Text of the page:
King Abdullah II is not the charismatic leader of his people that his father, the late King Hussein was. Born of an English mother, he was neither named nor groomed to be king until almost the last moment. He speaks Arabic with an English accent and his wife, Queen Rania, was born and raised in Kuwait. He reigns over around seven million Palestinians (not known for their friendliness toward the Jewish state) plus around 1.4 million refugees from the Syrian civil war. Since Jordan’s creation a century ago, it has always been a weak partner among other Arab countries, even though much of its existence has been supported economically by its British and American patrons.
Abdullah will keenly remember lessons learned from the political assassination of his great-grandfather, King Abdullah I, at the hand of a nationalist Palestinian, and witnessed by the 17 year-old Hussein, who narrowly missed the same fate, saved only by the medal given to him by his grandfather.
Jordan always was, and still is, in a precarious existential position. Serving as some sort of a buffer between Israel and Iran, Jordan’s continued survival is especially important to Israel in today’s complex geopolitical situation, compared to the farming of a few dunams of land along the banks of the Jordan River. Sadly, the so-called “Island of Peace” at Naharayim can only be seen as a metaphor for Israel’s true position in the Middle East now and in the foreseeable future.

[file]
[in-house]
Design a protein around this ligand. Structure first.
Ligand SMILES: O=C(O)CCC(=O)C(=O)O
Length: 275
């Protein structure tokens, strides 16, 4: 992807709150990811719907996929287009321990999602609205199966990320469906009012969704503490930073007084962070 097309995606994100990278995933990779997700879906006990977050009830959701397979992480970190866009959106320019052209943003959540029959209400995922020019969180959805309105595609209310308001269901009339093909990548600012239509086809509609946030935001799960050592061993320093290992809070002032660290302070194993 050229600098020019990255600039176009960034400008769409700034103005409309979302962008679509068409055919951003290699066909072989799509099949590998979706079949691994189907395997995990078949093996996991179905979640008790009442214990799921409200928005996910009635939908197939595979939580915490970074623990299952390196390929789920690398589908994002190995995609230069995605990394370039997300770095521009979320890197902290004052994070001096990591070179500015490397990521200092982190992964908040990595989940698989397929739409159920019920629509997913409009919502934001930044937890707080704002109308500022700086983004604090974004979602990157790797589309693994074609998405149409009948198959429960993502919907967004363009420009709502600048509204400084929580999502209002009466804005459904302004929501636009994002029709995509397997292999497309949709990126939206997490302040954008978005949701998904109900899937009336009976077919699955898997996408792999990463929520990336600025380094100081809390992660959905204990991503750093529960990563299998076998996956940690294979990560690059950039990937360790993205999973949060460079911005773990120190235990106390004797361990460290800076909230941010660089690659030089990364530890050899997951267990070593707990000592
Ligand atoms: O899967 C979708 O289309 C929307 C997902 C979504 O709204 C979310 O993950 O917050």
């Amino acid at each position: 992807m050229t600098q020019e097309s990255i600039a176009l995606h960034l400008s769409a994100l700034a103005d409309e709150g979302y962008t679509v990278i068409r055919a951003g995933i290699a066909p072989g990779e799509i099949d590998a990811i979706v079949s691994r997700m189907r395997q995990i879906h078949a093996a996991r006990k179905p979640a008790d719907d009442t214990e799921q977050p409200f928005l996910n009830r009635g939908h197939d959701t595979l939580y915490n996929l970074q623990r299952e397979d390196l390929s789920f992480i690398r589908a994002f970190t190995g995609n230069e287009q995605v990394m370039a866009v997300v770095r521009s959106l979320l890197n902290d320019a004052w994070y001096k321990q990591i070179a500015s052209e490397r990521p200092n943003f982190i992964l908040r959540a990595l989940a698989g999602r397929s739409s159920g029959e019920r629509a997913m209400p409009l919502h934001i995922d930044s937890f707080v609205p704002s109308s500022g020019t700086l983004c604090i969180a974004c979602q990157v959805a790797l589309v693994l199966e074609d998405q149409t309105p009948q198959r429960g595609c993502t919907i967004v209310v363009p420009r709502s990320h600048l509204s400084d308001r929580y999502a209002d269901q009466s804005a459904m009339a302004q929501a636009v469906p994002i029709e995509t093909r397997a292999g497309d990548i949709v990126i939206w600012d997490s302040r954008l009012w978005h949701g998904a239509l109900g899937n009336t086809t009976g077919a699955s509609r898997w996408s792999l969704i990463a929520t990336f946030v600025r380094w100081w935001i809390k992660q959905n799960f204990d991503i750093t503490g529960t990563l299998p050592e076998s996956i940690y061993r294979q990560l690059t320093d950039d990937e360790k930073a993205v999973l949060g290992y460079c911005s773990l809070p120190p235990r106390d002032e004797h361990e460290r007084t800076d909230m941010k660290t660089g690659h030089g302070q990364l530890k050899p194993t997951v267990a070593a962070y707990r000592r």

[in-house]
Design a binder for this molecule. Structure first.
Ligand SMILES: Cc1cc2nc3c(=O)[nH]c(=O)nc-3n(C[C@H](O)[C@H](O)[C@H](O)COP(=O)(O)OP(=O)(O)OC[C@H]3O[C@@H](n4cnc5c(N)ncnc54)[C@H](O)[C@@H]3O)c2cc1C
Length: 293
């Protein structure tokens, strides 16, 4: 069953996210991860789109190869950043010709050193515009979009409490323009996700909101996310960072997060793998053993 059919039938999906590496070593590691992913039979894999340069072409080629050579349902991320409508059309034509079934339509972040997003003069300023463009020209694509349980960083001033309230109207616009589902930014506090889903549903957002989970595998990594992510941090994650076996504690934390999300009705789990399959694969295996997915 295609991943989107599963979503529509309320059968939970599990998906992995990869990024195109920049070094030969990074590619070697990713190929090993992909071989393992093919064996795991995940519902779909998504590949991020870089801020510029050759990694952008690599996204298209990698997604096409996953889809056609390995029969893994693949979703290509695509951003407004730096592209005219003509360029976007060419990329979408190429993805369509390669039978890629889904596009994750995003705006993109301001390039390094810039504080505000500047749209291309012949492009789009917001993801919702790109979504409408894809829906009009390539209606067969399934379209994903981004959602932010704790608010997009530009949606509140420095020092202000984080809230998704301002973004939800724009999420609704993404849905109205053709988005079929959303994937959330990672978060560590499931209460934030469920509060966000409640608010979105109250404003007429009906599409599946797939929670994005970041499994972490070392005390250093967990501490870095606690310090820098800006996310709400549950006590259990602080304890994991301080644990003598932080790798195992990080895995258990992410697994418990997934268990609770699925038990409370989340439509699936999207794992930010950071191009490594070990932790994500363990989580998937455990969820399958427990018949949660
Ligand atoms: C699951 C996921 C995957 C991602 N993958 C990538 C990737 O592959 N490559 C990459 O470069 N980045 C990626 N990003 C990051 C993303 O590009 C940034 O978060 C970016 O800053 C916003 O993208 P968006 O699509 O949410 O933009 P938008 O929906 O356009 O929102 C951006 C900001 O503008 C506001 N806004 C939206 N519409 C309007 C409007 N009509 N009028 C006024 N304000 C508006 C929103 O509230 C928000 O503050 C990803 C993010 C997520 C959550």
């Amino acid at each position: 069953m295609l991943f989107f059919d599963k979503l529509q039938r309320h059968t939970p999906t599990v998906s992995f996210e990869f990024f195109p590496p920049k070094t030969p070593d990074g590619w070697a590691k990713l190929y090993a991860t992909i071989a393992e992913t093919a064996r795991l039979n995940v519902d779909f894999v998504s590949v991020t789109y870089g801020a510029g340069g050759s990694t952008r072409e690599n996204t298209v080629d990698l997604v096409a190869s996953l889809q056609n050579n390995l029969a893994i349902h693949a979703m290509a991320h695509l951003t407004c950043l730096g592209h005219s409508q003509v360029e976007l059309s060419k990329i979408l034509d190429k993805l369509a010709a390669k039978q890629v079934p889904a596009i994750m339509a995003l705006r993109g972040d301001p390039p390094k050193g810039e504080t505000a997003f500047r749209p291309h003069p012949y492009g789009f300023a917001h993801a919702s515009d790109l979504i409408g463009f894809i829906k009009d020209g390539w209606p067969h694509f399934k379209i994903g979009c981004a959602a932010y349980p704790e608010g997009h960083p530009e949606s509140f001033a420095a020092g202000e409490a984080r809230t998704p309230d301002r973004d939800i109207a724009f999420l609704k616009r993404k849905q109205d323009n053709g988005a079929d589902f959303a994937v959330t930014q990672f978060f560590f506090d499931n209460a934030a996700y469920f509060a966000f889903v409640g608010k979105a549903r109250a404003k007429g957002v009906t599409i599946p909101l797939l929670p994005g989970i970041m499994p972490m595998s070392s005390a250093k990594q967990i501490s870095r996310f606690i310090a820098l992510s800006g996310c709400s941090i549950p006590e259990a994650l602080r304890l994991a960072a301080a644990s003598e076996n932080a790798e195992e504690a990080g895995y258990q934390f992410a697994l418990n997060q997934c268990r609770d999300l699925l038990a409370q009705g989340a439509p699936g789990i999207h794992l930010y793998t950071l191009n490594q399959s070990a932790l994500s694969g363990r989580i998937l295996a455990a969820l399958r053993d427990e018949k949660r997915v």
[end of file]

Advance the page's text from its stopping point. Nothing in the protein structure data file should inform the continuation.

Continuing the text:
DAVID SMITH
Ra’anana

Haley: Yes, please; Merkel: No, thanks
We learn in “Merkel honored by WJC for role in fighting antisemitism” (October 29) that German Chancellor Angela Merkel and former US ambassador to the UN Nikki Haley have been selected to receive WJC Herzl Prizes.
Theodor Herzl would have clearly recognized the work of Haley in the UN when “the new sheriff in town” set about reversing the extreme bias in voting against Israel and was highly outspoken in her support for the nation-state of the Jews.
However, he would find it hard – as many of us do – to understand why Merkel has been chosen to be so honored, as it is clear that she talks the talk but it no way walks it.